After MIS-5212 final exam tonight 4/18/2016, join us all nearby at Maxi’s Pizza & Bar on Temple’s campus for a fun socializing event with interesting surprises…
I wanted to post the link to the site where you can view and download Disconnect search engine and browser. With Disconnect, the service promises to mask your location to access content as though you’re in a different country, their VPN servers keep you private and allow you to use blocked services, websites and applications, etc…
Please see link below and let me know if you have any questions.
Title: =MIS 5212.001_4/4/2016
Date: Monday, April 4, 2016
Time: 5:30 PM (UTC-05:00) Eastern Time (US & Canada)
Department of Homeland Security looking for vendors to handle Cyber Security Operations Center.
Some of you might already know this but for those who have not been notified yet, you can attend 4 online courses and become Splunk certified for free 🙂
Check it out!
Finally, FBI was able to UNLOCK the iPhone without help of Apple.
FBI has been so eager to unlock the iPhone by all means, and luckily they found a third-party company in Israel who was able to assist in decrypting iPhone. This means that now only FBI and Israeli company know about critical vulnerability that will not be shared with Apple. Moreover, FBI has no legal obligation to reveal such a secret.
Therefore, this puts Apple into a very bad situation since FBI has been begging Apple to help unlock the iPhones. Now, Apple has to figure out a critical vulnerability on their own without help of FBI.
DoD is about to be under siege from hackers – and it plans to pay – New Department of Defense Bug Bounty kicks off April 18, by Michael Morisy, WindowsIT Pro, March 31, 2016
The military is seeking the help from hackers between April 18 and May 12, and will offer bounties from a $150k budget to those who find vulnerabilities in specifically identified DoD websites. Other “Critical, mission-facing computer systems will not be involved in the program.” The program is being run by a startup Hackerone.com which provides a “vulnerability coordination & bug bounty platform” and claims to support 132 public programs, with ‘$6.81M bounties paid’ and ‘20,411 bugs fixed’, and ‘2,554 hackers thanked’.
“Ransomware, hospital hacking present growing cybersecurity threats”
Hackers crippled computer systems at a major hospital chain, MedStar Health Inc., one of the the largest health care providers in the Baltimore-Washington metropolitan area, on Monday April 1, 2016. Employees were prompted with a note when they tried to open files on their computers requesting payment in bitcoins to unlock the data while forcing records system offline for thousands of patients and doctors. A similar ransomware attack on Hollywood Presbyterian Medical Center in Los Angeles last month led to the hospital paying about $17,000 in bitcoins to regain access to its computer systems. But most importantly, the true risk exists when the hackers can sell the medical record data, alter patient data, access billing information, or manipulate vulnerable devices.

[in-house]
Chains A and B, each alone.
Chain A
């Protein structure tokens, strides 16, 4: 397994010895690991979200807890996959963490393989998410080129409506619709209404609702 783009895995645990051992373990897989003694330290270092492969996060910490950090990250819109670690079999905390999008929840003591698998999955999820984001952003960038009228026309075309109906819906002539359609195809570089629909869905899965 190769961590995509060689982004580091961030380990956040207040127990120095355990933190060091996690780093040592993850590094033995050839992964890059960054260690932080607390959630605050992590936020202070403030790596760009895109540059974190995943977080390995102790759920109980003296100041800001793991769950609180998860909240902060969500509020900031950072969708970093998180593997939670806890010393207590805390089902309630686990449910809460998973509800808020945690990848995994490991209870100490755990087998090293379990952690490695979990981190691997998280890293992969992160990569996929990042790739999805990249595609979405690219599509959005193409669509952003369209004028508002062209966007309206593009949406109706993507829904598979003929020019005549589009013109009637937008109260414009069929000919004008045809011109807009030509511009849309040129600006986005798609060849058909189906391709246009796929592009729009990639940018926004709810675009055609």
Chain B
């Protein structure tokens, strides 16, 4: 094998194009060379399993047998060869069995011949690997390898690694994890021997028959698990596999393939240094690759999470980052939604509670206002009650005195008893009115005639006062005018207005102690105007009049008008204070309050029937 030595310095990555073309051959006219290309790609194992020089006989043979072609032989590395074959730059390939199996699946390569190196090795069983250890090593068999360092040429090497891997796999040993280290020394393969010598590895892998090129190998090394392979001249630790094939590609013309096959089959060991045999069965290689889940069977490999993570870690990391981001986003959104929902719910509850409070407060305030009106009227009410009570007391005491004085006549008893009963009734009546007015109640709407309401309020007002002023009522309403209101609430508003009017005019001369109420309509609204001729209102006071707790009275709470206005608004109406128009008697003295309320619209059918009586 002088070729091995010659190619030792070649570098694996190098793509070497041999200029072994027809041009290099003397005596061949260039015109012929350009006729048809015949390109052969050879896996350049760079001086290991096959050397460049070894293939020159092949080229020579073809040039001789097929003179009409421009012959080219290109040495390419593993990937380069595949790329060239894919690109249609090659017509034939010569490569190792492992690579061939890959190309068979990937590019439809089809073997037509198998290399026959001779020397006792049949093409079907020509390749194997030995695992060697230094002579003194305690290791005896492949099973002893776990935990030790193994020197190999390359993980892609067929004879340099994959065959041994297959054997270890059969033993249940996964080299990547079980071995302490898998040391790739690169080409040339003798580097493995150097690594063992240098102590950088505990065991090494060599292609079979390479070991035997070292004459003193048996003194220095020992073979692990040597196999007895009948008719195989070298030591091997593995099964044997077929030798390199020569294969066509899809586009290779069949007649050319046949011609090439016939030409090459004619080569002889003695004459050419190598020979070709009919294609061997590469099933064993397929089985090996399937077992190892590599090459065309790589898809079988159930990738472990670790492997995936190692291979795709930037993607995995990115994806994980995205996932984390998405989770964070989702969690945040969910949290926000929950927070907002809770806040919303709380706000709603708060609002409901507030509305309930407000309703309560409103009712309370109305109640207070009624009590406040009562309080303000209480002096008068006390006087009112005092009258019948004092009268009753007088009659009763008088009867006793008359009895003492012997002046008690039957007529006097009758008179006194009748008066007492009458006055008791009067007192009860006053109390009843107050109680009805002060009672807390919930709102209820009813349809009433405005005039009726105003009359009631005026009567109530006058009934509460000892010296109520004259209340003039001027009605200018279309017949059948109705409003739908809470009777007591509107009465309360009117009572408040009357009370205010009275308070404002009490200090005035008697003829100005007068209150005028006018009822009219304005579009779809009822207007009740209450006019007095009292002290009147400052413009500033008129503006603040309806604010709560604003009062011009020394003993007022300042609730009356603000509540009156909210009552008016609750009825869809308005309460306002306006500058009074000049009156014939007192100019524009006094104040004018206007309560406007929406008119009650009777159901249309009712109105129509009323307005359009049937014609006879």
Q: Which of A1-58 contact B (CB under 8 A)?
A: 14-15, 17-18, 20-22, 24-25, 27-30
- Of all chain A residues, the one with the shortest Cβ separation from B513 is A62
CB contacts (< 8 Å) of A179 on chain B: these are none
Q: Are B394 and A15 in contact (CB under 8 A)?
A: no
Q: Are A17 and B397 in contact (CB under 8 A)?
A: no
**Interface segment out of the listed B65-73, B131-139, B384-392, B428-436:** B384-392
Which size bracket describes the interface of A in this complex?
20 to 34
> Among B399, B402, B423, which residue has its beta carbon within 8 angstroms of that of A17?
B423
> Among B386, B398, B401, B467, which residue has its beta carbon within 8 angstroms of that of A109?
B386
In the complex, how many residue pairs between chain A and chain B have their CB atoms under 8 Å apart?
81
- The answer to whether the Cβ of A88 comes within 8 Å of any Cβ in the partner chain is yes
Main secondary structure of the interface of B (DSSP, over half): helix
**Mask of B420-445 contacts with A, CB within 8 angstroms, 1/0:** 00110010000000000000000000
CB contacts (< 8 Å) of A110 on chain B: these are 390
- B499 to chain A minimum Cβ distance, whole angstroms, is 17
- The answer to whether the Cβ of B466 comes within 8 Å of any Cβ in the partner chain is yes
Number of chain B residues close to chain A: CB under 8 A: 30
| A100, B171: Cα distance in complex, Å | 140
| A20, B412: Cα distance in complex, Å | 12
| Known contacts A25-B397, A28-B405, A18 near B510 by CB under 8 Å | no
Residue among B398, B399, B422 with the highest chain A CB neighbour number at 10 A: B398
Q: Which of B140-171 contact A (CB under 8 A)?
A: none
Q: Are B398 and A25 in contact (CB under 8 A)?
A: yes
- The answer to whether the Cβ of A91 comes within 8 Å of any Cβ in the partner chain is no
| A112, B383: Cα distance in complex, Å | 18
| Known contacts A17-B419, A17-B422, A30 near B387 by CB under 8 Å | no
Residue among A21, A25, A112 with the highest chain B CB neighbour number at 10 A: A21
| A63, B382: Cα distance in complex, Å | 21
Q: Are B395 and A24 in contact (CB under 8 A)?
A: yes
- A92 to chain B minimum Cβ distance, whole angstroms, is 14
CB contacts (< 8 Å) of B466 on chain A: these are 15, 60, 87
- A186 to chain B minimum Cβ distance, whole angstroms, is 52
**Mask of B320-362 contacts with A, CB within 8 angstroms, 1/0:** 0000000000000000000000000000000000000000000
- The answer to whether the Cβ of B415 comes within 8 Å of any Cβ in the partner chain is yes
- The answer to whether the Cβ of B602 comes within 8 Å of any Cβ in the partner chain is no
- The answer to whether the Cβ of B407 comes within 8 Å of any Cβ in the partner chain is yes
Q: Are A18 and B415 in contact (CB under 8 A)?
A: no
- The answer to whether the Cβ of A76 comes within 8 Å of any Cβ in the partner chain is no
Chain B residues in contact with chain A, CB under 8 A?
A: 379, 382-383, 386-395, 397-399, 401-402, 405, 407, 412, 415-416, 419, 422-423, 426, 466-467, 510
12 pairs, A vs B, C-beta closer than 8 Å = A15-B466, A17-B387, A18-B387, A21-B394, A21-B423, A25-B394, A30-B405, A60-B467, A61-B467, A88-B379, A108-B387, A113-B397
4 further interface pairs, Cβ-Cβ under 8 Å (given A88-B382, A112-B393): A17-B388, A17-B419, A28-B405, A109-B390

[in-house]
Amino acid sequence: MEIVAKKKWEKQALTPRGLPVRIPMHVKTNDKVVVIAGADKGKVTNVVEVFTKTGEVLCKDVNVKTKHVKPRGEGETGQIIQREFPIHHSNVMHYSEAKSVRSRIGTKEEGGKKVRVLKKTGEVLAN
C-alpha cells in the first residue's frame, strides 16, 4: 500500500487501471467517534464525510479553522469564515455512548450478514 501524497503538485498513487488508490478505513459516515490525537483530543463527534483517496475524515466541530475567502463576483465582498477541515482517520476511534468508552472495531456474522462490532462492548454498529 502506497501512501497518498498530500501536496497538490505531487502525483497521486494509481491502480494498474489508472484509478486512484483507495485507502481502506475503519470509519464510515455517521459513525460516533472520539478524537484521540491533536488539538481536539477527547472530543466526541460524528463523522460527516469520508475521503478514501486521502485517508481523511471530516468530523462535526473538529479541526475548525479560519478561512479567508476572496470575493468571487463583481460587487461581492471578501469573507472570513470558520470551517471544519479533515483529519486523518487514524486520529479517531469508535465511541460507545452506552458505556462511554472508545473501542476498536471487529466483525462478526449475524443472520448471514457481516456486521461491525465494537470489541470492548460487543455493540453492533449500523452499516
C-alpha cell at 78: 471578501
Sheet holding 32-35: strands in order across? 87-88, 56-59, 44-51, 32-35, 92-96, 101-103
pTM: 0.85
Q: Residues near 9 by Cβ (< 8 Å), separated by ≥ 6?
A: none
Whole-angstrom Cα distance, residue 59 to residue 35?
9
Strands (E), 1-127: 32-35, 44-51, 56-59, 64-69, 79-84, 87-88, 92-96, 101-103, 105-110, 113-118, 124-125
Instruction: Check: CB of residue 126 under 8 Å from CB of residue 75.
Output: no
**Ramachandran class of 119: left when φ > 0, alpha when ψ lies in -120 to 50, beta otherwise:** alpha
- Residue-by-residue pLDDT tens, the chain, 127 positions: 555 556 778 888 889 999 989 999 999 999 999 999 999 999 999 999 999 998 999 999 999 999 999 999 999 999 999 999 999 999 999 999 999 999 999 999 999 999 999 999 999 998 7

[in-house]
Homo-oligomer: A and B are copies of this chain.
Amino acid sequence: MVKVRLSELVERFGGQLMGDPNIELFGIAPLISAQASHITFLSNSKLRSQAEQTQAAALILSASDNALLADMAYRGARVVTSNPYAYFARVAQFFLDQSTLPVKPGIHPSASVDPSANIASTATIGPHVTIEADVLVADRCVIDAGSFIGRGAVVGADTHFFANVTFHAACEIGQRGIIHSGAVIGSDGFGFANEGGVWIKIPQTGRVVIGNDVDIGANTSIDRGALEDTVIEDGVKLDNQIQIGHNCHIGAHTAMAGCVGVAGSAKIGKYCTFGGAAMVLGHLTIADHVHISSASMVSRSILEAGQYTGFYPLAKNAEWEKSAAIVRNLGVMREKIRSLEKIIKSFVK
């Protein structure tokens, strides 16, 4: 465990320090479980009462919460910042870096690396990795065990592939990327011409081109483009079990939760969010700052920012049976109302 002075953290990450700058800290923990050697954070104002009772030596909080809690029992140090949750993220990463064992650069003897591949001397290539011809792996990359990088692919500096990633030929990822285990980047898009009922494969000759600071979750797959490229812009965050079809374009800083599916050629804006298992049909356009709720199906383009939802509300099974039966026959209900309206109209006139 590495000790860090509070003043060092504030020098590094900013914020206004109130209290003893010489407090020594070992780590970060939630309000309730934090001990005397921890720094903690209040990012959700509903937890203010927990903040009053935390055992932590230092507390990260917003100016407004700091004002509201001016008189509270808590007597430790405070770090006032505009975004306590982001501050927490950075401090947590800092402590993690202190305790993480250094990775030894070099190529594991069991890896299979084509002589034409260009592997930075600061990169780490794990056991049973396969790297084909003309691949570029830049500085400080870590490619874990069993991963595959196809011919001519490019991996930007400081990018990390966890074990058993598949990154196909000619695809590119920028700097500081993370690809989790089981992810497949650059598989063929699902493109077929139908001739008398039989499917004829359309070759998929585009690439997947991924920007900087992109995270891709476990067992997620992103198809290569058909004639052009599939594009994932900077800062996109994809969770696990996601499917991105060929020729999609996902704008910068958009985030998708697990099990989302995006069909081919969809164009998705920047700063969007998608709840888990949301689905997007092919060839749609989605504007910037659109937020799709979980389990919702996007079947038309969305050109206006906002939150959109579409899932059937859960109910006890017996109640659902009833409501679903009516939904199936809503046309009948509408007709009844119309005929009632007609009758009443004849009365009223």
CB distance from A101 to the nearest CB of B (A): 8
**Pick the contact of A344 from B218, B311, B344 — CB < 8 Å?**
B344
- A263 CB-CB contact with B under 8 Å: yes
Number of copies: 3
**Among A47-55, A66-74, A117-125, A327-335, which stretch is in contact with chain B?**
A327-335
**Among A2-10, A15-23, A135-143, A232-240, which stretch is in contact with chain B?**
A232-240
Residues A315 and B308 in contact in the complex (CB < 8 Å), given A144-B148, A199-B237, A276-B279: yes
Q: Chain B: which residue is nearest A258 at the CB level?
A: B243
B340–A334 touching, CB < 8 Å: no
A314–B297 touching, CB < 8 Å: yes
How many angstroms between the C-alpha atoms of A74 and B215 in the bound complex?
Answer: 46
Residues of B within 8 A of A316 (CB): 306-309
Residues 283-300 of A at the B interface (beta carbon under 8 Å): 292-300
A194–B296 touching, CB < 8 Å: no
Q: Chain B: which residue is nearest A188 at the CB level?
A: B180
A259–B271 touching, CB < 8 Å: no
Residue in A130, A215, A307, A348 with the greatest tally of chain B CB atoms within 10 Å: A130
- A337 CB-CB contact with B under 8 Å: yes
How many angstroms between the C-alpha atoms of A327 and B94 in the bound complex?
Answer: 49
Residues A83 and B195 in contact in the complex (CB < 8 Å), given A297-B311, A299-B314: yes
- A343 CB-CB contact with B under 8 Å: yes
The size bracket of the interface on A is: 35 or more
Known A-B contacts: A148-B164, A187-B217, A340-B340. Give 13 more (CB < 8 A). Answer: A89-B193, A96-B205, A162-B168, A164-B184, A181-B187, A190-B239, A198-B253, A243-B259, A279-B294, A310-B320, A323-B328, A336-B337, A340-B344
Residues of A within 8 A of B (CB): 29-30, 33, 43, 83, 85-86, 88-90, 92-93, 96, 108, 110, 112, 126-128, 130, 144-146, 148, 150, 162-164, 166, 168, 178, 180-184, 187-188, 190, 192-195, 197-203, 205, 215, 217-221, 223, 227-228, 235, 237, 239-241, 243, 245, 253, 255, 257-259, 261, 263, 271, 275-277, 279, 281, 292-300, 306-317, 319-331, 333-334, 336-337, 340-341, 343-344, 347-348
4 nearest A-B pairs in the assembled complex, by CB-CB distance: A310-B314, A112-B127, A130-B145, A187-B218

Click here to read more information regarding the above article.
Reminder that Temple is hosting Cybersecurity in Action, Research, and Education (CARE), find out more at http://sites.temple.edu/care/
In the Cyber Security News lately…
“iPower Technologies, a U.S security company and network integrator, has discovered a copies of Conficker malware in the Martel Frontline Camera with GPS, one of the largest manufacturers of police in-car video systems in America, whose product is being sold and marketed as a body camera for official police department. When the camera was connected to a computer, iPower’s antivirus software immediately caught the virus and quarantined it. However, if the computer did not have antivirus actively protecting the computer it would automatically run and start propagating itself through the network and Internet, iPower said in a post. In the iPower virtual lab environment, packet captures were also run on the infected PC to view the viruses’ network activity using Wireshark. The virus, classified as a worm virus, immediately started to attempt to spread to other machines on the iPower lab network, and also attempted several phone home calls to Internet sites.”